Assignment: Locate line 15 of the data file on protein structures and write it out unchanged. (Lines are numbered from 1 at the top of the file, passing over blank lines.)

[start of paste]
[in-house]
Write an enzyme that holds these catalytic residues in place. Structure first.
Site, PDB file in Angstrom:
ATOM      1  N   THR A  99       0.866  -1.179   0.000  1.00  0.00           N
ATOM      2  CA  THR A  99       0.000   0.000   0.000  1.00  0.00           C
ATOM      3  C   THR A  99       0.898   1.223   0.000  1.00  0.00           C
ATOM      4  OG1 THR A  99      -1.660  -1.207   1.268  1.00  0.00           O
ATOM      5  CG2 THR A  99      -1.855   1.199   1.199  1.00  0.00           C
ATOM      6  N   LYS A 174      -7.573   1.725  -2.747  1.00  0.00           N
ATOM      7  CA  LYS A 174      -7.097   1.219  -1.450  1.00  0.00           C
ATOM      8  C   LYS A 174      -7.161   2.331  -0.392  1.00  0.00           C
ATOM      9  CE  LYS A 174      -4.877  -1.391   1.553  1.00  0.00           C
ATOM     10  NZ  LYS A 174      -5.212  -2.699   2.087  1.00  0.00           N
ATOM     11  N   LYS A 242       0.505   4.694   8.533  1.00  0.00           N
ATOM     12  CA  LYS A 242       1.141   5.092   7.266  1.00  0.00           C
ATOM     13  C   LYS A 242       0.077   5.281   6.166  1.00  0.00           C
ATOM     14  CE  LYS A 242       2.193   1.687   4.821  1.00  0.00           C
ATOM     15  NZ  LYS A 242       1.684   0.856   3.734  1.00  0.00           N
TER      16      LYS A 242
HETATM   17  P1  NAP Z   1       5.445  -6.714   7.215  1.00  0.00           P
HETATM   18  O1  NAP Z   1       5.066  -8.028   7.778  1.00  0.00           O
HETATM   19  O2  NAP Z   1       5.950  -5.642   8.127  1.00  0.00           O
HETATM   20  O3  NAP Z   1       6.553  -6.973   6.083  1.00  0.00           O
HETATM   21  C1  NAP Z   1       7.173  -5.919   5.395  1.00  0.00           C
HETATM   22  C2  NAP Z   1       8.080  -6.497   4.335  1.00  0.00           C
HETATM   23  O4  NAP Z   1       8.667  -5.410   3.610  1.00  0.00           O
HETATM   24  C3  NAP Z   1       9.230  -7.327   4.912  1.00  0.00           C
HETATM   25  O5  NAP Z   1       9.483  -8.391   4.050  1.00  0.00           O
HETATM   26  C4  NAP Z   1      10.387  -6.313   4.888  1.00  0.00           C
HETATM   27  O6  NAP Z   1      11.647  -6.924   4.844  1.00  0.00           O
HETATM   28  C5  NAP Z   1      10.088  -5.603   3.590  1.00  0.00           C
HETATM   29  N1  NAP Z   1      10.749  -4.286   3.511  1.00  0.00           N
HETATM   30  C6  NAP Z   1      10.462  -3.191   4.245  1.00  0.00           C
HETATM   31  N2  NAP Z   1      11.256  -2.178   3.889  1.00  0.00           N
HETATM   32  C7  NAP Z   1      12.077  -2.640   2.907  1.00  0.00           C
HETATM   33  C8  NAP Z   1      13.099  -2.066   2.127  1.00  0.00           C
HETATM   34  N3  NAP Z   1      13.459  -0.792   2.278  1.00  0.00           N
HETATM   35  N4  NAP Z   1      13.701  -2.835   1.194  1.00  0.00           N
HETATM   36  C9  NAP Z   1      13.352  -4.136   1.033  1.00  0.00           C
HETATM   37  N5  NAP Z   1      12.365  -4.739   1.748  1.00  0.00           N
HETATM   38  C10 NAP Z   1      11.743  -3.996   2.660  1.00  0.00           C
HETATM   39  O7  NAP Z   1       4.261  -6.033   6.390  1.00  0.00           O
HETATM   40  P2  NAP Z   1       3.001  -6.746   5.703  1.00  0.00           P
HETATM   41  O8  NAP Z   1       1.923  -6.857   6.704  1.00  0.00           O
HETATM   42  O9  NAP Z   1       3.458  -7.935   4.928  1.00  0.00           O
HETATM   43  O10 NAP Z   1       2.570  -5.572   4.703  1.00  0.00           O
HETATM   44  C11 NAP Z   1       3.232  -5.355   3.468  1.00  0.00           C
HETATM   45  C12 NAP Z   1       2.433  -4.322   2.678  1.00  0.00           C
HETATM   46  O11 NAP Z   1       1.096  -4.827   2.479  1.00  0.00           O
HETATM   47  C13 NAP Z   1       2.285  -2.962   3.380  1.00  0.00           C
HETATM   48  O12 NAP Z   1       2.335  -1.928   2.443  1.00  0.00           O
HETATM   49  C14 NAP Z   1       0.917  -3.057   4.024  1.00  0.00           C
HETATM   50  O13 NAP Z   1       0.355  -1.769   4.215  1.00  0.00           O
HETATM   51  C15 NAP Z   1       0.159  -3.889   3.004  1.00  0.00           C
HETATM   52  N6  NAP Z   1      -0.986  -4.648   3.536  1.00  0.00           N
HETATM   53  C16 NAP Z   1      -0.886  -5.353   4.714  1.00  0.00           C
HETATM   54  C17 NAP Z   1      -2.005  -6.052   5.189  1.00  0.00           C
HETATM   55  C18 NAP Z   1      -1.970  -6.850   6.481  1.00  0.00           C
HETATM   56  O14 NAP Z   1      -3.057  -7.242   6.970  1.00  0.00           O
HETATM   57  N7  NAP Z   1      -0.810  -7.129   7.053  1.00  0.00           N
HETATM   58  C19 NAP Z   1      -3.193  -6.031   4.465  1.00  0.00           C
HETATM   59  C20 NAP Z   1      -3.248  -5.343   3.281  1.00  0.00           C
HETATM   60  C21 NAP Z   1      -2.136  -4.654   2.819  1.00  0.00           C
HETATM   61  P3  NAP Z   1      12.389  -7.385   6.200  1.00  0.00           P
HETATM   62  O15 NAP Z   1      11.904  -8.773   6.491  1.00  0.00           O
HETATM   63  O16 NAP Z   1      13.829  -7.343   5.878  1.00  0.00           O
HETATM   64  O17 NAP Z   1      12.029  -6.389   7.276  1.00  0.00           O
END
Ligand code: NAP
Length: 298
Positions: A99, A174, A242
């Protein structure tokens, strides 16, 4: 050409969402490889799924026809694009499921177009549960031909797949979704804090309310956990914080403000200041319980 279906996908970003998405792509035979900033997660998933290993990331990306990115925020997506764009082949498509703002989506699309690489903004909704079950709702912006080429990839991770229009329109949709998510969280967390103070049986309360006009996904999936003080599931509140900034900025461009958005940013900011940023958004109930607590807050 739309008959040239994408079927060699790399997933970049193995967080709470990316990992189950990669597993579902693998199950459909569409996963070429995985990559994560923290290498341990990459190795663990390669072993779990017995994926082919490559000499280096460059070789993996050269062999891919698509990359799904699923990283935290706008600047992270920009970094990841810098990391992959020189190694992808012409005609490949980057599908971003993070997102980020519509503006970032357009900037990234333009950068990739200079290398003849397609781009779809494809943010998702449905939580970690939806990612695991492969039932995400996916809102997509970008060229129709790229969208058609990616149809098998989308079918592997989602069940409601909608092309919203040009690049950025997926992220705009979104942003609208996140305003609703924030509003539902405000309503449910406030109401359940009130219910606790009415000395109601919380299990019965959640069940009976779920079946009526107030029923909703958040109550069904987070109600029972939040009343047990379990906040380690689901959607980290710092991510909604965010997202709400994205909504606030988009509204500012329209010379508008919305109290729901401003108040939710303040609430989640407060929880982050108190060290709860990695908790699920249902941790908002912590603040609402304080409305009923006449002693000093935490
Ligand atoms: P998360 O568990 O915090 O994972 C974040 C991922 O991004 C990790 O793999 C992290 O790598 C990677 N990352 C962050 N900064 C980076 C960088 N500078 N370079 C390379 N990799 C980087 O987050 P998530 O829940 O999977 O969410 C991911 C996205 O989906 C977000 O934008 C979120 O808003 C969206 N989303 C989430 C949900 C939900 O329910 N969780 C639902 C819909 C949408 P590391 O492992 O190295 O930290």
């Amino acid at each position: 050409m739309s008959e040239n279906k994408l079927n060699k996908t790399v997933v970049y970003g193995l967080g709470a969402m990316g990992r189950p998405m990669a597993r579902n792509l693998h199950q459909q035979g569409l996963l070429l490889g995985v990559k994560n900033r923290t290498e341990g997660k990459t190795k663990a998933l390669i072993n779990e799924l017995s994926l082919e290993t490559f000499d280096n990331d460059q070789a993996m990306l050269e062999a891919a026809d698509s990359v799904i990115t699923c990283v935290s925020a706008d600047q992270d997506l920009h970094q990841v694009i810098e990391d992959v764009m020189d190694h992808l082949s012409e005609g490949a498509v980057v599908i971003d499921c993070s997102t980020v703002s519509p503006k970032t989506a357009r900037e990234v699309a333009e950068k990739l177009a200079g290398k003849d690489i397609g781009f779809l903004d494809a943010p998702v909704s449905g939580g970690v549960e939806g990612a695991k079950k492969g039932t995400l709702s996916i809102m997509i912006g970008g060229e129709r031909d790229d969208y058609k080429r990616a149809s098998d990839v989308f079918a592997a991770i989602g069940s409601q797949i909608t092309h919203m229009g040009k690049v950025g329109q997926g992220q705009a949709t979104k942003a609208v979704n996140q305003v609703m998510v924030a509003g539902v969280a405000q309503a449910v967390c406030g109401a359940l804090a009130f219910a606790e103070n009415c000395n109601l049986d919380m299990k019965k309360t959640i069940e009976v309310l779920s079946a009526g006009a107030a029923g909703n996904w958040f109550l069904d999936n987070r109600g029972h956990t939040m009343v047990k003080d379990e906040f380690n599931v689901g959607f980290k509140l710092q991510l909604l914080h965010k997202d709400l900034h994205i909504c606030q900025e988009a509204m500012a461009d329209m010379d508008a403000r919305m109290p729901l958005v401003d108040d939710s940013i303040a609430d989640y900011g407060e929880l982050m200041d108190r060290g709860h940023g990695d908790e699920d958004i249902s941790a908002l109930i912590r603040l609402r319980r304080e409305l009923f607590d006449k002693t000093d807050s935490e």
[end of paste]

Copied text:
ATOM     12  CA  LYS A 242       1.141   5.092   7.266  1.00  0.00           C